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  #4  
Old 21st January 2018, 14:13
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Beeyar Wunby Beeyar Wunby is offline  
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Quote:
Originally Posted by Joanna View Post
Hi everyone,

I am writing an article about past/present/future of long distance passenger trains.
These trains used to consist of coupled coaches but this solution is being replaced by permanently coupled trains. I guess it is because of (future) implementation of ETCS level 3 (where axle counters won't be needed anymore) but do you have any other ideas why is it happening? What can be benefits of using permanently coupled trains?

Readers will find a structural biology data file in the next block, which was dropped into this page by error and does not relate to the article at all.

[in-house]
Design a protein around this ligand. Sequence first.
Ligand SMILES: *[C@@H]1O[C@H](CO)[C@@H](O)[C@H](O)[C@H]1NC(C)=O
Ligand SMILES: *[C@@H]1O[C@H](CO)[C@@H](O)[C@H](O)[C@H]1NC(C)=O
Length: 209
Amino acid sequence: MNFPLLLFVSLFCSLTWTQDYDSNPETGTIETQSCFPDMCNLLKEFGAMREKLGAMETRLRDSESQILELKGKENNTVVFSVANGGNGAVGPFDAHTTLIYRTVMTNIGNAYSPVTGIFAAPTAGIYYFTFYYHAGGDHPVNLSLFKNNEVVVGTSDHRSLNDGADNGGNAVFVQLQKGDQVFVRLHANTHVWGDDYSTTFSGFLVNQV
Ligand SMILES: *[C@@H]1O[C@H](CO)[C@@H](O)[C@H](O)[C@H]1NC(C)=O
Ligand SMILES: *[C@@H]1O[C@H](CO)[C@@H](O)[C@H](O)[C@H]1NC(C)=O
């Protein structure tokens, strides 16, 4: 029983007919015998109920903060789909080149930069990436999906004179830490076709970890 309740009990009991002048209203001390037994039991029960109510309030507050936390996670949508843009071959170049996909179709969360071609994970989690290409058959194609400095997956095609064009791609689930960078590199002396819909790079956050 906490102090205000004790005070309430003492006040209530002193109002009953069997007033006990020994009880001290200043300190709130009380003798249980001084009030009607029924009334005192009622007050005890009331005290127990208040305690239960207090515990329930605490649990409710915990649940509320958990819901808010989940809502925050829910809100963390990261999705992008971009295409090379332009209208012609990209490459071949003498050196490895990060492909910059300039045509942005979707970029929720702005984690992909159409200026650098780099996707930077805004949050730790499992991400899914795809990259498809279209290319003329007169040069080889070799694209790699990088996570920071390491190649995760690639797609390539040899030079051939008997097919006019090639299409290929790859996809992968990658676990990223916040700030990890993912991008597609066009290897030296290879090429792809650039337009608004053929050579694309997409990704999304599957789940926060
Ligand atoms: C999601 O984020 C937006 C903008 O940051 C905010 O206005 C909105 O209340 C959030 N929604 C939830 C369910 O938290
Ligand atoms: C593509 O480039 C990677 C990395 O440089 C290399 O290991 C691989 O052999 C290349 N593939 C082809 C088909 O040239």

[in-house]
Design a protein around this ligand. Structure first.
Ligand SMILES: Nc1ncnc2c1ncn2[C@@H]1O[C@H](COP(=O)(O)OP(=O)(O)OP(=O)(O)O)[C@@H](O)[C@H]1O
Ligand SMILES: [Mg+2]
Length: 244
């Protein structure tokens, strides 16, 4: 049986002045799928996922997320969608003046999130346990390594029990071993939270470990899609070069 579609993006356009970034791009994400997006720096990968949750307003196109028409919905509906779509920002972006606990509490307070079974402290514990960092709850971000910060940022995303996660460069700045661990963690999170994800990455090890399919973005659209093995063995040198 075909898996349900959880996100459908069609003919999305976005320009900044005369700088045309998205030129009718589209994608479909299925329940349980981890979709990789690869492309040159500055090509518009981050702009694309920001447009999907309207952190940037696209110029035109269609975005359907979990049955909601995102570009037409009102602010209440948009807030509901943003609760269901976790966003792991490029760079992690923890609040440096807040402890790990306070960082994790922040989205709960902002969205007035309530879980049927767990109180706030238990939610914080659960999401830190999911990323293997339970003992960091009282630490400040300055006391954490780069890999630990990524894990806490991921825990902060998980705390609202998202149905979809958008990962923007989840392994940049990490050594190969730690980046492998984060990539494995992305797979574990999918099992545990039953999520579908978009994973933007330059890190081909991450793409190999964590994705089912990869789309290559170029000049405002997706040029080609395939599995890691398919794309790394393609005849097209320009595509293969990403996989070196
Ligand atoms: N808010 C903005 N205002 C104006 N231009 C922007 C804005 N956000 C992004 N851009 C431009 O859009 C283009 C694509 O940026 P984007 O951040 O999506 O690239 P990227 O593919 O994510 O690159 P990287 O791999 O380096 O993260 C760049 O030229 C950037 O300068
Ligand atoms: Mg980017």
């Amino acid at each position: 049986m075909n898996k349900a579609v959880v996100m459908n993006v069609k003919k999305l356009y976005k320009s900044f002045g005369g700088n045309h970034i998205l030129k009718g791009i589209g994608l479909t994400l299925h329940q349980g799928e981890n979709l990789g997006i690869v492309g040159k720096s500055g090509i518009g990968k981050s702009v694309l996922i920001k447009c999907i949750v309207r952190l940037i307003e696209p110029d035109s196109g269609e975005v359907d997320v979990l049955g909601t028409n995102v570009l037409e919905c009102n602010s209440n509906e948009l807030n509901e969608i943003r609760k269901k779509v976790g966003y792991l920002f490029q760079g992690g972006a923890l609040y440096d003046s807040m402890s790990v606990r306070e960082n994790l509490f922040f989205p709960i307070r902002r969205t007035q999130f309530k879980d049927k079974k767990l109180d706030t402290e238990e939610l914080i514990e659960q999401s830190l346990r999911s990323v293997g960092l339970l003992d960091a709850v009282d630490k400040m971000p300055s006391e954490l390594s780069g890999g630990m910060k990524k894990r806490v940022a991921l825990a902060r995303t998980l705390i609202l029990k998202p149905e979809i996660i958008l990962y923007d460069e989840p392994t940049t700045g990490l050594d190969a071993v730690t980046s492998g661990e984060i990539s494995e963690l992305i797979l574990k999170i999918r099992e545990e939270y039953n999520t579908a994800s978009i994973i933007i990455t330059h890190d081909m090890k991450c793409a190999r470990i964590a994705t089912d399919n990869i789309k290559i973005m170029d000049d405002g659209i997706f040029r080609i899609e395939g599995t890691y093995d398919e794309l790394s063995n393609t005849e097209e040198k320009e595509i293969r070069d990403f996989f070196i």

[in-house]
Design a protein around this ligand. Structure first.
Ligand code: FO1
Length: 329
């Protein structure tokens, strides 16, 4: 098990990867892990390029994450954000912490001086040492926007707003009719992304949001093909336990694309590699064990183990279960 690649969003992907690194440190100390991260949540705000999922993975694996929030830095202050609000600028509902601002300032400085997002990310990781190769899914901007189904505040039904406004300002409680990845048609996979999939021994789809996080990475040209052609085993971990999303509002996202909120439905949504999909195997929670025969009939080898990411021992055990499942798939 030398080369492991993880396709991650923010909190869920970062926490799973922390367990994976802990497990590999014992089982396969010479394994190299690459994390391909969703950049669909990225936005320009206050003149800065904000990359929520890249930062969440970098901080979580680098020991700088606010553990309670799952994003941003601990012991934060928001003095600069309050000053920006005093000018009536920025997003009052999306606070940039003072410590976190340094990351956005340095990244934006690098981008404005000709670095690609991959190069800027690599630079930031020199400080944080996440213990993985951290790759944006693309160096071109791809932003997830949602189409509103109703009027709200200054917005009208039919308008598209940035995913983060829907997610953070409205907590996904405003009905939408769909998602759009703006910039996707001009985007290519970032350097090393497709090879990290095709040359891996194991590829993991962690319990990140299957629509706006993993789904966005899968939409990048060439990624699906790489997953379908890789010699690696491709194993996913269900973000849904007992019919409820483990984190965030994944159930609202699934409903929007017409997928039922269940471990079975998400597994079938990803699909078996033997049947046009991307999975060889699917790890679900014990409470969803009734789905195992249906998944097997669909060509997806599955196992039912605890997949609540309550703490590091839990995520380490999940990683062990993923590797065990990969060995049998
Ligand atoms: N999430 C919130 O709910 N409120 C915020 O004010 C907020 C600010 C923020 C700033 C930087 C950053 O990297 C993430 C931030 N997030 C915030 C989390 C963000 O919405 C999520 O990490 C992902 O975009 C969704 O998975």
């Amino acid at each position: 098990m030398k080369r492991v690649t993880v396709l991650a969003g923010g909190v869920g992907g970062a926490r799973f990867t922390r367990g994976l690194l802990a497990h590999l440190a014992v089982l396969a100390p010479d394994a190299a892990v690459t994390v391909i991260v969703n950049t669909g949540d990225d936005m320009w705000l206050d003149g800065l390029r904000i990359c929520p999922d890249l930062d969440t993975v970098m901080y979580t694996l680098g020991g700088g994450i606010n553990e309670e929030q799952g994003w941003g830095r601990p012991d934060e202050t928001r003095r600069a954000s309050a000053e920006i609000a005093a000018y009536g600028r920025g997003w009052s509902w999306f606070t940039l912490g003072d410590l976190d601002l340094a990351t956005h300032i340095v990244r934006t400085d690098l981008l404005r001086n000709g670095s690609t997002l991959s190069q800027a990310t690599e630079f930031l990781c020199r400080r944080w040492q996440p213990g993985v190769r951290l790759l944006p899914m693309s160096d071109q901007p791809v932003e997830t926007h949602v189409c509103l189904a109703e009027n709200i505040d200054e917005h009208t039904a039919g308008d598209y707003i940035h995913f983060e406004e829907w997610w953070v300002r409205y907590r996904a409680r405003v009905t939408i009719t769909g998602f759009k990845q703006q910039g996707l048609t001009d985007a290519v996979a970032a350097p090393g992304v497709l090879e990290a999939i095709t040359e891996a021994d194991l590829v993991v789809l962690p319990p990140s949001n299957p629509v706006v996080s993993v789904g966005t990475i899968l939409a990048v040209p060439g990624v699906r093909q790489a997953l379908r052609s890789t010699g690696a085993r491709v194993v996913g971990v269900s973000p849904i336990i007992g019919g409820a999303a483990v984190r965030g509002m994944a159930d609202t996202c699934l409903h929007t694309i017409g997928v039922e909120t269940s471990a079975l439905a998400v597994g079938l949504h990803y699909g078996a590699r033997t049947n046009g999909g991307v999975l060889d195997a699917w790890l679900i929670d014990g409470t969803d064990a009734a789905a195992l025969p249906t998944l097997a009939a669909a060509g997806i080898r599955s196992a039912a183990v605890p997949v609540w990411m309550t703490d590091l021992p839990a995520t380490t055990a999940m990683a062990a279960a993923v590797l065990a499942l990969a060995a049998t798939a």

I don't think ETCS (the 'train part' of ERTMS) is the cause for fixed formation trains. In the current issue of Rail magazine (843), Network Rail has stated that ETCS will first be introduced to freight locos in the UK, and of course those are all not permanently coupled. ETCS really only affects the driving cab of a train as it 'supervises' the way the train is driven. All the other vehicles just follow behind.

Quote:
Originally Posted by trophy
in the past trains were loco hauled which required the loco to be run round the train at the end of a journey,with a fixed formation with a driving cab at each end as used now this is not required.
...sums it up pretty well. For passenger operation, being able to 'change ends' saves time and removes the need for run-round loops at terminii.

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Originally Posted by ianrail
I can see a disadvantage in that if one carriage develops a fault, the whole train needs to be taken out of service rather than just removing that one carriage.